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Review: A Better Life (2011)

A Better Life (2011)

Directed by: Chris Weitz

Premise: An illegal immigrant (Demián Bichir) attempts to raise his teenage son (José Julián) while working as a gardener in Los Angeles.

What Works: This gritty story about an illegal immigrant and his son trying to survive is one of the most provocative portrayals of the American Dream in a motion picture in recent years. When a film deals with a hot topic like illegal immigration it is easy for a viewer to judge the picture based on how flush it is with his or her personal beliefs. That’s understandable but A Better Life should not simply be embraced or abandoned based upon meager political allegiances. This is a very good piece of filmmaking; the story is told briskly with some powerful visuals and it has a pair of great performances by Demián Bichir and José Julián. Bichir plays the father and he is a weathered but decent man doing the best he can in a difficult situation. The story sends him through dramatic highs and lows but the major arc of the story belongs to the son played by José Julián. His character is stuck between his father’s life of labor and the sense of privilege and entitlement that pop culture espouses. The way the story casts the relationship between Bichir and Julián’s characters is heartwarming but in an authentic way and the lessons that the young man must learn about life and about his father are tough but genuine. What A Better Life does by its end is to reimagine the immigrant story, which is one of the essential American narratives, and in the process offer a contemporary vision of those on their way in and what that means for those of us who are already here.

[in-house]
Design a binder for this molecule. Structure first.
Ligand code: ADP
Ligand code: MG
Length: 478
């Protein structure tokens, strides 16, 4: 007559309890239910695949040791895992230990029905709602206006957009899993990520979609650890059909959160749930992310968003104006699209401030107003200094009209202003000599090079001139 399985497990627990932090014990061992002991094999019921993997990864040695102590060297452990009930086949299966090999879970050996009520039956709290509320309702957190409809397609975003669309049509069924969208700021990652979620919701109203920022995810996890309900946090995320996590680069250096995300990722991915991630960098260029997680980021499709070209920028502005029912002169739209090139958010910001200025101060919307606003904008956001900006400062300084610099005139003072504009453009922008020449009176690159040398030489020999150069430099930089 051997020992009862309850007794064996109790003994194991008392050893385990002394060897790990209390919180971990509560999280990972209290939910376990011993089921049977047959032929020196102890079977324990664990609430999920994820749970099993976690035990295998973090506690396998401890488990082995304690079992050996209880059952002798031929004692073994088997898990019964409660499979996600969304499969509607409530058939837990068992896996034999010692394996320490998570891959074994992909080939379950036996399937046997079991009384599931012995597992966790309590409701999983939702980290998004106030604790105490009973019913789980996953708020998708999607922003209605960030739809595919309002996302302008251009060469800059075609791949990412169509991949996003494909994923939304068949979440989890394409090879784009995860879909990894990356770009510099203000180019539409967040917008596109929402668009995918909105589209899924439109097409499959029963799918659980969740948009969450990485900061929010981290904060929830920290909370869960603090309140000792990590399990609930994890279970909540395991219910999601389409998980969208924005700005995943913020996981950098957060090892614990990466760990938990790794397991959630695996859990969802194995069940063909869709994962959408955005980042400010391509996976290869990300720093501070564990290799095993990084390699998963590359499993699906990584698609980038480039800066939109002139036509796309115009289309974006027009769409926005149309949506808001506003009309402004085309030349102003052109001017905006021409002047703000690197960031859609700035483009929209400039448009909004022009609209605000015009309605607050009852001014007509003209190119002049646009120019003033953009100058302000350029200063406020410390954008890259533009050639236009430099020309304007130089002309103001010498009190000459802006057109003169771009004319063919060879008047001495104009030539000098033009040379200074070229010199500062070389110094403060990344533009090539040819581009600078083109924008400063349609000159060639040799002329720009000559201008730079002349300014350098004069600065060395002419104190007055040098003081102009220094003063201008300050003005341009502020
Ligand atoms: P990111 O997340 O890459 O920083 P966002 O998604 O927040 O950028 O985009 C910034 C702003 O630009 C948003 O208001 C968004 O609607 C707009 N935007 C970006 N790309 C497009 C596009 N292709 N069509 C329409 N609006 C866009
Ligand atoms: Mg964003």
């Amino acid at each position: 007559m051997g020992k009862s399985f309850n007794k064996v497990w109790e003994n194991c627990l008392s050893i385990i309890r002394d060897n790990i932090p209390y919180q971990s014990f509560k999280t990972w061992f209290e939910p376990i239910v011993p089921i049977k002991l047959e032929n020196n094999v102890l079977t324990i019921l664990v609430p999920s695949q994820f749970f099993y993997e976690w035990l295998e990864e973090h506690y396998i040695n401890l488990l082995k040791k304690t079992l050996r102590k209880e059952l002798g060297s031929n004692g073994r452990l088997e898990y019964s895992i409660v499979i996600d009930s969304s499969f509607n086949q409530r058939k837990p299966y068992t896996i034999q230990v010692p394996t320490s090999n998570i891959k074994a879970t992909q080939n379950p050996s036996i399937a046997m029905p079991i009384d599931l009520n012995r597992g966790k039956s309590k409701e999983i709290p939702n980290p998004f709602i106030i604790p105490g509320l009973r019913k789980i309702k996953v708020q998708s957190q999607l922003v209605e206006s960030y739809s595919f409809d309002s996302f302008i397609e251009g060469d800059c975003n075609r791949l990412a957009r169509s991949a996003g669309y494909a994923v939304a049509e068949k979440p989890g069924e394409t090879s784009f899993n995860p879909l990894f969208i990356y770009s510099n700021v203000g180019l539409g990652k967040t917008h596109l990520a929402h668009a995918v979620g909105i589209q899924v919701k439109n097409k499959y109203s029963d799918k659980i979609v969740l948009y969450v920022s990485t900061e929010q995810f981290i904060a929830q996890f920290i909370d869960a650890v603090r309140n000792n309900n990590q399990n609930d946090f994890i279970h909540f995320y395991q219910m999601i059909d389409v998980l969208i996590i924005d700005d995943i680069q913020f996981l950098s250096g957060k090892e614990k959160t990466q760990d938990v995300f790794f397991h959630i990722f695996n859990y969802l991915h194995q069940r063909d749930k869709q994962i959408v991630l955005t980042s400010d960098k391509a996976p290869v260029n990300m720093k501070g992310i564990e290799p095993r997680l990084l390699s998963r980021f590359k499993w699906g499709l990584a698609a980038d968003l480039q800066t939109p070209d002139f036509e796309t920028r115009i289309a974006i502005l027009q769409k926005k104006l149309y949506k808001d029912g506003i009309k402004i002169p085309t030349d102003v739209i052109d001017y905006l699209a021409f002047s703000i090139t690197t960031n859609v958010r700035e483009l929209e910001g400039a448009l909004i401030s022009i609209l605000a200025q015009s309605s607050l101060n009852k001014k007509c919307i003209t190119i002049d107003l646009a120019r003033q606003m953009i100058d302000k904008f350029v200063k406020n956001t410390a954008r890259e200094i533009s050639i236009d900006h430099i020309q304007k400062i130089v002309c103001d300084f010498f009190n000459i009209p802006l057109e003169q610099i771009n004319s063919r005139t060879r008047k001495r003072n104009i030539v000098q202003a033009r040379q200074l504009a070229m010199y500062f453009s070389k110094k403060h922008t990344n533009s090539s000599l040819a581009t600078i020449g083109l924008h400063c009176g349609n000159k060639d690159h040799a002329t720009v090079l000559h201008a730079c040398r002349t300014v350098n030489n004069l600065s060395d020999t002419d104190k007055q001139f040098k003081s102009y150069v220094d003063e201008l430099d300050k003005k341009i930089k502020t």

What Doesn’t: A Better Life establishes several subplots between José Julián’s character and his peers, including a girlfriend, a high school rival, and a local gang leader. These subplots are mostly resolved as Julian’s character matures over the course of the film but their conclusion misses opportunities for him to more concretely demonstrate how he has changed between the beginning and ending of the film. The ending may be problematic for some viewers. The conclusion is the right one for the film, and in some ways it is quite bold, but it does leave the viewer hanging in ways that are deliberately uncomfortable.

Bottom Line: A Better Life is a wonderful film about a father and a son reconnecting in their struggle to survive. As dramatic as the film gets in places, that melodrama is earned in the course of the story and it has an honesty and authenticity about its characters and its politics that make it worthwhile viewing.

Episode: #372 (January 22, 2012)